AVR boost converter

avrboost

Over at SpriteMods, [sprite_tm] realized that a microcontroller could be used as a boost converter to power itself. A boost converter steps up voltage from a battery by switching the output of a coil. First, it is tied to ground so a magnetic field can build up in the coil. It is then released as a higher voltage than the input. Normally dedicated chips do this at an incredibly high frequency, but the PWM signal from an AVR works well enough. This can be used in low-power situations where space is an issue.

[via EMSL]

19 thoughts on “AVR boost converter

  1. Have been using simple boost converter made with 555 and comparator to for example provide high enough voltage for relays and other low power stuff. It makes programming easier to have switching with external controlling circuit, but it’s more user friendly to handle it in the software: easier to adjust etc.

    I just got few good sized inductors from some disassembled pcbs and was going to make either: 10v-14v -> 15v boost converter to make car charger for laptop or to make 50v-> 0-50v buck converter. This time i’ll handle controlling with microcontroller so i can try my new programmer/debugger at the same time

  2. I recall this being discussed on an avr-related mailing list (maybe avr-chat?) in the mid 2000s, including nicely-formatted ASCII circuit art. Unfortunately, I am not able to find the message online or in my personal archives. My recollection is that this concept was proposed (including the bootstrap switch) but never tested.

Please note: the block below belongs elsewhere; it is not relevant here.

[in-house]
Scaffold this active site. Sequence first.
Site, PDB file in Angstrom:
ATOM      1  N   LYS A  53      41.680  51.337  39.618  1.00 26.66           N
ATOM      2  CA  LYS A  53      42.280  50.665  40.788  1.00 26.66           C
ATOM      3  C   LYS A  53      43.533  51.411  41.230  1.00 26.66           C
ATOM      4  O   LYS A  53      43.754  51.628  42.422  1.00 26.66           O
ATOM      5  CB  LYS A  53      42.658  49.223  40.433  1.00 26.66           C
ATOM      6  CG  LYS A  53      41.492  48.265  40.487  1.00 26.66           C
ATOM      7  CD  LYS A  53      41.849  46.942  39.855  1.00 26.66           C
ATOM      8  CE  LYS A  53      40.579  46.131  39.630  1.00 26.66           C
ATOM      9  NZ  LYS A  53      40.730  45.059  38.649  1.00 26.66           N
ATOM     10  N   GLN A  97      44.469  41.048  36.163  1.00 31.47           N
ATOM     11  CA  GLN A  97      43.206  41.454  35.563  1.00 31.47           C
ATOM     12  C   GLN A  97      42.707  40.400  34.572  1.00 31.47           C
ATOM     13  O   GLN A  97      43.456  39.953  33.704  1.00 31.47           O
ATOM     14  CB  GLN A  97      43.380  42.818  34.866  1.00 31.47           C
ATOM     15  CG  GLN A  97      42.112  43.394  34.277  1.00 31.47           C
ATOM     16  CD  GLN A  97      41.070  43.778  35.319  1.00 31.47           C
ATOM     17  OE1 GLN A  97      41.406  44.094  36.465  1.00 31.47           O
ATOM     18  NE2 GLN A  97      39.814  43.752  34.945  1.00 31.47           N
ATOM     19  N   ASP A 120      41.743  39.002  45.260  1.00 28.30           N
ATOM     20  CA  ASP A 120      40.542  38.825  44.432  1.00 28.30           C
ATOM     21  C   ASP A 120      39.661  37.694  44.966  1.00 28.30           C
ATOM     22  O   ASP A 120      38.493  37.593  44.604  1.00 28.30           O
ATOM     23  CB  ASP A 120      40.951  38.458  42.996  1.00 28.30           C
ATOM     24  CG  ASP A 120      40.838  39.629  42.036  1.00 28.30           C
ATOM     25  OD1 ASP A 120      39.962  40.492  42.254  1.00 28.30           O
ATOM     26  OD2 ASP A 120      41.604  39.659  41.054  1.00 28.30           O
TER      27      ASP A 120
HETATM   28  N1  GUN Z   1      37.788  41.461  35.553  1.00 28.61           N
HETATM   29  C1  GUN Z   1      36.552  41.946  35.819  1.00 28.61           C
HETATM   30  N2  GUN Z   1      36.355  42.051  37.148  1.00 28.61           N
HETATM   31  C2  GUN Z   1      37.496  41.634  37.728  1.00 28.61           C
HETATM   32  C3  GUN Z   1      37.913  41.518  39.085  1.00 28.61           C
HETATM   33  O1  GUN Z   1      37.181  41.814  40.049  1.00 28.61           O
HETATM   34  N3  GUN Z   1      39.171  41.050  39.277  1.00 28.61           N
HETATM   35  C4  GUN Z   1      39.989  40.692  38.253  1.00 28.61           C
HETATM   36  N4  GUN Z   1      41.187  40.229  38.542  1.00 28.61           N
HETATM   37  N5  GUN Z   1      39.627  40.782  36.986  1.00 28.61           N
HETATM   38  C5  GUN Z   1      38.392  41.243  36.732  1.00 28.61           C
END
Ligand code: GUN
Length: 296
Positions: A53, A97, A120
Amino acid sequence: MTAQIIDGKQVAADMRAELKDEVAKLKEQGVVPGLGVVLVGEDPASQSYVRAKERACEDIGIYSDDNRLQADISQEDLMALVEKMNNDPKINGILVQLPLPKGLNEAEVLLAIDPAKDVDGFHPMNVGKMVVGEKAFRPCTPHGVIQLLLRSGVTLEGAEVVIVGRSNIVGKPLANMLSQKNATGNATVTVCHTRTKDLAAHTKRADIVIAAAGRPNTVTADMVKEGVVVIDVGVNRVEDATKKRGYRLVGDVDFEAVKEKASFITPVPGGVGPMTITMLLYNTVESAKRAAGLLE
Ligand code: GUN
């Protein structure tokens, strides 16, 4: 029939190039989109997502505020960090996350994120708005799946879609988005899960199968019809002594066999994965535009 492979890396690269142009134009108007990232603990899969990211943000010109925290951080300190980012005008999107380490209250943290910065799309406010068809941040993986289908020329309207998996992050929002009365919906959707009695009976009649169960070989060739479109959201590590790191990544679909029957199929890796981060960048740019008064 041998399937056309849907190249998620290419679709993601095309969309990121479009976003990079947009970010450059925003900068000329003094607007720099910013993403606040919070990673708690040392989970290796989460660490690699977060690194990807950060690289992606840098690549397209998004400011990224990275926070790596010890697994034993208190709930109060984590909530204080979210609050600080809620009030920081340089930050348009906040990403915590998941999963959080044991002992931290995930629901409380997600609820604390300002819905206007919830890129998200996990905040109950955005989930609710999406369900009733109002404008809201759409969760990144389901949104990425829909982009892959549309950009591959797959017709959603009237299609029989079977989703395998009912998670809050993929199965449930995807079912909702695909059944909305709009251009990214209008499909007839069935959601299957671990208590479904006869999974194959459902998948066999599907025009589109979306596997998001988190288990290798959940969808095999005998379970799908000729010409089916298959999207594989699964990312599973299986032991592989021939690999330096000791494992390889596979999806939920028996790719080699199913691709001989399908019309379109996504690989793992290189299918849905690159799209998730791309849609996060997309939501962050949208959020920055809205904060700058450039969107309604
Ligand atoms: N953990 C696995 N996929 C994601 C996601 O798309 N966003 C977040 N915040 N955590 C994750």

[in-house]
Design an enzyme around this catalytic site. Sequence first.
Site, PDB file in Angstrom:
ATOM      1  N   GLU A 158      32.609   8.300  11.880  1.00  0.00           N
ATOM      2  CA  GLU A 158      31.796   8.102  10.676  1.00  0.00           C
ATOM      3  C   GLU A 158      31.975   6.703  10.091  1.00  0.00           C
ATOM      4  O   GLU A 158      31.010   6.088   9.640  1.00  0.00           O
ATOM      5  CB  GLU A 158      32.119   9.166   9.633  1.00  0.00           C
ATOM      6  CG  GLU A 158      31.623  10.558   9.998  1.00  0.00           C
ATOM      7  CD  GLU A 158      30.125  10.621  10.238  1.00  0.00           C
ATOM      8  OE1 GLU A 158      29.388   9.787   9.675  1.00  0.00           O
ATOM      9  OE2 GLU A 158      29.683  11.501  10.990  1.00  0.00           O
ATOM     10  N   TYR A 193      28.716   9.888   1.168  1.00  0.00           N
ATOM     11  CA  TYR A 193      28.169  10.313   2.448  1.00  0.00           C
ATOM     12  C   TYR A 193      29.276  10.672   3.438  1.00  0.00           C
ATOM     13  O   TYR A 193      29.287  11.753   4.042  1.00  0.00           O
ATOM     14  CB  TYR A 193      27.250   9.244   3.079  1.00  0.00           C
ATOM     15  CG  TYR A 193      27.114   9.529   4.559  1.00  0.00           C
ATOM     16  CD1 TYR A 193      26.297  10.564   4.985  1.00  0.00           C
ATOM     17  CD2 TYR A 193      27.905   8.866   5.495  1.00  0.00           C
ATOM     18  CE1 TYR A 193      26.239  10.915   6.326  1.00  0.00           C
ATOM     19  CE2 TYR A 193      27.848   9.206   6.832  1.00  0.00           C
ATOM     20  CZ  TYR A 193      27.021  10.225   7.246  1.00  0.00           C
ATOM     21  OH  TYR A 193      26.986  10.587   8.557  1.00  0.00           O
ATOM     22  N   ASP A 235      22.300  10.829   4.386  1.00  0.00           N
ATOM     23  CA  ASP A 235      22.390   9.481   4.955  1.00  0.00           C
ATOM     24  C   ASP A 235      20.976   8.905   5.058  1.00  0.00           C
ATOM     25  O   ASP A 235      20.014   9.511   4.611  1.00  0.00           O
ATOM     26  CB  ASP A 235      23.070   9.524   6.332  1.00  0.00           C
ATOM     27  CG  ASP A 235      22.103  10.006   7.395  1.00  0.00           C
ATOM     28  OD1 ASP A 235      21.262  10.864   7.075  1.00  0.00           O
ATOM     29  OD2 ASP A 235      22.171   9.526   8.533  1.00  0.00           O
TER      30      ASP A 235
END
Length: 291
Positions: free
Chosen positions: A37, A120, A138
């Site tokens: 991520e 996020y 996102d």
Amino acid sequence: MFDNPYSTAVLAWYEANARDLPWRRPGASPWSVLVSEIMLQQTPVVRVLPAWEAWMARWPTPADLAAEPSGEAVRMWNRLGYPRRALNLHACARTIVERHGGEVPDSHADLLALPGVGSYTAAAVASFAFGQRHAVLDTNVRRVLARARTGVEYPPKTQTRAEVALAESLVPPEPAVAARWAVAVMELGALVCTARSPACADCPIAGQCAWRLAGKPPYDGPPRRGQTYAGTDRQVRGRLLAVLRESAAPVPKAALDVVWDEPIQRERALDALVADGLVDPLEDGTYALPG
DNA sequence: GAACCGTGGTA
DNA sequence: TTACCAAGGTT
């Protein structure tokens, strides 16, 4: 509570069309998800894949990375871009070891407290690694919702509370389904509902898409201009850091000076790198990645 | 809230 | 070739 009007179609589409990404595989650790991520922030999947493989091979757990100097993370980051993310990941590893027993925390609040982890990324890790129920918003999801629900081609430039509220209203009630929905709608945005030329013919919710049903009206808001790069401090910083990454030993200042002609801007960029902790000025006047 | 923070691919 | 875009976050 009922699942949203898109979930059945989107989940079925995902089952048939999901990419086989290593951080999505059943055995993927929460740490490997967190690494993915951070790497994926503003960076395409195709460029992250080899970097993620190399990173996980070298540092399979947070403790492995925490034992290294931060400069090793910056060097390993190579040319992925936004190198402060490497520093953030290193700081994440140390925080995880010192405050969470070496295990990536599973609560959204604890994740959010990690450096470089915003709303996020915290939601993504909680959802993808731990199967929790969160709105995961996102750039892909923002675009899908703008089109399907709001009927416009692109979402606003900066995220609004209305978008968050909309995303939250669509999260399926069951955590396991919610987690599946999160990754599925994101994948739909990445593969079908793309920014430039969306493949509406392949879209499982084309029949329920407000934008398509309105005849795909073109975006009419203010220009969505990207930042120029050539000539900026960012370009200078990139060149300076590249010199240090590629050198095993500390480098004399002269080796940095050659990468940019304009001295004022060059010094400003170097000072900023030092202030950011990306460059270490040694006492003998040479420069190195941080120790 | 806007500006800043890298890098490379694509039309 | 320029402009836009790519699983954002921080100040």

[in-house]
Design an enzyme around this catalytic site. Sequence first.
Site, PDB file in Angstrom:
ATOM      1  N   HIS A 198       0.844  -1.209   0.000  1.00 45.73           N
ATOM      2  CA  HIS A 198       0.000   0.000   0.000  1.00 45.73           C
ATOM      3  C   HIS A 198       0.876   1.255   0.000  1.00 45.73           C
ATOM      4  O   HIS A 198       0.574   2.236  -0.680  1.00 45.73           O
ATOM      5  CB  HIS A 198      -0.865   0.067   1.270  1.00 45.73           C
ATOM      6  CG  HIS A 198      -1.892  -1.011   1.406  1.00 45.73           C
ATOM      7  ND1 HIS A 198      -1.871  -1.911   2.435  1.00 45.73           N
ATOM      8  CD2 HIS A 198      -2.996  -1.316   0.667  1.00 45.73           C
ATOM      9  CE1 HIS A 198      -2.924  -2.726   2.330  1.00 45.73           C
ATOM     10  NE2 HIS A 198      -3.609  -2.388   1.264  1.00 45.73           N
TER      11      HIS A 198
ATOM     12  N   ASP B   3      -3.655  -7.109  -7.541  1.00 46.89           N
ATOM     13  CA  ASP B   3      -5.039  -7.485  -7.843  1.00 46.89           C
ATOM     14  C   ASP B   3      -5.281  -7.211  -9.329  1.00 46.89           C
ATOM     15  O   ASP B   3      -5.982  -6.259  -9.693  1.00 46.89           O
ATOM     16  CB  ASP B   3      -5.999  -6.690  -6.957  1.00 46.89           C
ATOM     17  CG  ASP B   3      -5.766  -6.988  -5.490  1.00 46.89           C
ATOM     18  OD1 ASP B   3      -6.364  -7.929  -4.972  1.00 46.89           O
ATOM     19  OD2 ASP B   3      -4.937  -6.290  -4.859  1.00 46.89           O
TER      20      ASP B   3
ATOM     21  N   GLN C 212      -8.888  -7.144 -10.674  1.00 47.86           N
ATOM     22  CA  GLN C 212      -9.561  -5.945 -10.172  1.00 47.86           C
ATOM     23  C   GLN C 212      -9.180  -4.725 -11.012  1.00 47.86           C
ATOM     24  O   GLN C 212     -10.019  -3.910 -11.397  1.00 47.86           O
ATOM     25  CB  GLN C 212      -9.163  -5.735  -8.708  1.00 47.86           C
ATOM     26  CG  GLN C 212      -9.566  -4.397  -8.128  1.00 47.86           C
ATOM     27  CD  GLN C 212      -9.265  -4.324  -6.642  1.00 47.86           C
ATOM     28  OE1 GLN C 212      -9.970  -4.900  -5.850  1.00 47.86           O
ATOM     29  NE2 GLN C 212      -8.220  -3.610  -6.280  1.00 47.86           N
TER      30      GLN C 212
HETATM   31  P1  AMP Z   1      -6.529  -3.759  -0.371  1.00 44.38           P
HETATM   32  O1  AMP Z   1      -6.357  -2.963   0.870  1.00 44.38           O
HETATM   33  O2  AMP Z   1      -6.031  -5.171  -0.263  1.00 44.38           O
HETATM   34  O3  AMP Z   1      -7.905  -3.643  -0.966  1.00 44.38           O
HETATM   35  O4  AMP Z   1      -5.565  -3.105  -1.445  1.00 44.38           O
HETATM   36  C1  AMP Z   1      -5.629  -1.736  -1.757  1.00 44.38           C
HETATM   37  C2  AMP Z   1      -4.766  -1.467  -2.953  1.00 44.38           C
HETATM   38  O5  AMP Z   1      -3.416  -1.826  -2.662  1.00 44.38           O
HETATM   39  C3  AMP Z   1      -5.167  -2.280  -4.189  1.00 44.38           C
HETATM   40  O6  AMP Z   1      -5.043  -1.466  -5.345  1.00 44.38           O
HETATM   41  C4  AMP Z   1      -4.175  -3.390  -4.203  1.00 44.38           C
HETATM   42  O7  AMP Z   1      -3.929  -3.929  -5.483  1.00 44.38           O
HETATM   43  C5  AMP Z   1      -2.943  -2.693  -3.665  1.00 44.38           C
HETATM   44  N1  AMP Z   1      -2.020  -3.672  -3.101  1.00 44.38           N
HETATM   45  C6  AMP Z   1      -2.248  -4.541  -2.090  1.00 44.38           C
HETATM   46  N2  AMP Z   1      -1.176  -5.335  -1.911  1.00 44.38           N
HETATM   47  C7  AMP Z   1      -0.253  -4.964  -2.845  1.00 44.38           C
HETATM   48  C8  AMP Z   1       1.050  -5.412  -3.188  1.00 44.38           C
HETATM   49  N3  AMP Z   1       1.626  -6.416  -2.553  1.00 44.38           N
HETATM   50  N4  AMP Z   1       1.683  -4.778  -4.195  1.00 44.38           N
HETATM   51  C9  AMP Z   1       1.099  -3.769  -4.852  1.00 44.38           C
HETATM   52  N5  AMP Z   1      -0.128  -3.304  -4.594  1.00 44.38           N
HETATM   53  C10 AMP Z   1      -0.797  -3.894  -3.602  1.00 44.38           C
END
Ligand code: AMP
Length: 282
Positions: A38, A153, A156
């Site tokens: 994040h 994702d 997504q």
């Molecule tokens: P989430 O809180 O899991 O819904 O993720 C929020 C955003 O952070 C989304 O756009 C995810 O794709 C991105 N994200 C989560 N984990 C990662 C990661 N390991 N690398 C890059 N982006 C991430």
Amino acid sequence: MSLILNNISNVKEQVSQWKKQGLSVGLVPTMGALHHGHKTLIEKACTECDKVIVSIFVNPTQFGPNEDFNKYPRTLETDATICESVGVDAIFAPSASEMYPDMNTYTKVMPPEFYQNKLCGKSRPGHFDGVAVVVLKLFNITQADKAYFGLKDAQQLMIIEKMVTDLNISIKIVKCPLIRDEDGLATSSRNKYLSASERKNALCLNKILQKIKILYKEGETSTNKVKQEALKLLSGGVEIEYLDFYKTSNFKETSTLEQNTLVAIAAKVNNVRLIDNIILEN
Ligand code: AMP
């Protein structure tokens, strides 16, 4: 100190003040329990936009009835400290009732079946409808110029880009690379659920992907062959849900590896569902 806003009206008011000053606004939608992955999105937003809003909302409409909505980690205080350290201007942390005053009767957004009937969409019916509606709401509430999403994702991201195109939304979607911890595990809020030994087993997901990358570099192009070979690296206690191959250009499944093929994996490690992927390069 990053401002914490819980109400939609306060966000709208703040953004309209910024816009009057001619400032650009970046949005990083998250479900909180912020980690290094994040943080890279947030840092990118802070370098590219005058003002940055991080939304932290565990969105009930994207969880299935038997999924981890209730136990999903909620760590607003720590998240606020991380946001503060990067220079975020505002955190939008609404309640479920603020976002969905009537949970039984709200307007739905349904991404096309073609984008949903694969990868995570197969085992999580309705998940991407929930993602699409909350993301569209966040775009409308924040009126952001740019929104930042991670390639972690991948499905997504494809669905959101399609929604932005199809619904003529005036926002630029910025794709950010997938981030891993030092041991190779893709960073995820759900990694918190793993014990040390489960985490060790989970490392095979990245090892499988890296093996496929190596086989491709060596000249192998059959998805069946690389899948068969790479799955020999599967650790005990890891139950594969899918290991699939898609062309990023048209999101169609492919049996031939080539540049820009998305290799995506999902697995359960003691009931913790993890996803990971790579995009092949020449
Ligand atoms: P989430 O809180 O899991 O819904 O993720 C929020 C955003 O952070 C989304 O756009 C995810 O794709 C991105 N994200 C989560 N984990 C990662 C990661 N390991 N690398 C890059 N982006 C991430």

3. This is great, I’ve thought about this, but I could never figure out how to easily get it jump started. He did is so simply and elegantly, great job! My original idea was have like a super cap, but this is wayyyy better.

  4. There should be a capacitor in series to the switch (with discharge resistor in parallel) so that you can hold the switch for a longer time without running too much current through the coil. Or wouldn’t that work? I am not so sure…

  5. @Lupin, I dont think adding a cap in series will work. The point of pulling the inductor to ground is to allow current to flow through the inductor. Then, when it switches off, the inductor will continue to drive that current to the cap. With a cap in series, the current in the inductor will go to zero once the cap is full. after that, you will need a way to discharge that cap inorder to have current flow through it.

  6. Gosh darnit i’ve done this before with a zilog 8 pin proc outputting 5 khz on a mosfet…I didn’t deem it publish worthy i was able to power a blue led off of a AAA battery

  7. He should replace the diode with a p-type MOSFET and he’ll get much better efficiency. There’s a good bit of power being burned up on the diode. Would probably send him to the mid to high 80’s efficiency wise.

  8. A schottky diode would be a quick way to increase effiency. Yes, a pmos could be used (synchronous rectifier), but you need to add some logic / use extra pins to assure there isn’t cross conduction (both fets on at same time, shorting vout to ground).

    also, you’d do better with a more capable gate driving scheme for the fet than the (probably weak) pwm signal from the ic.

    probably overkill, but that’d likely get the highest efficiency / longest battery life.

  9. yeah, was chatting to Mr Sprite on IRC just now.

    BTW if you need small FETs, take apart old electret mikes as they have one. Its an N channel JFET but for low power applications this doesen’t matter.

    Another source for MOSFETs is the buck circuits from dead PC motheboards- a minute with a heatgun will remove them with no damage if they are surface mount, otherwise use chipquik.

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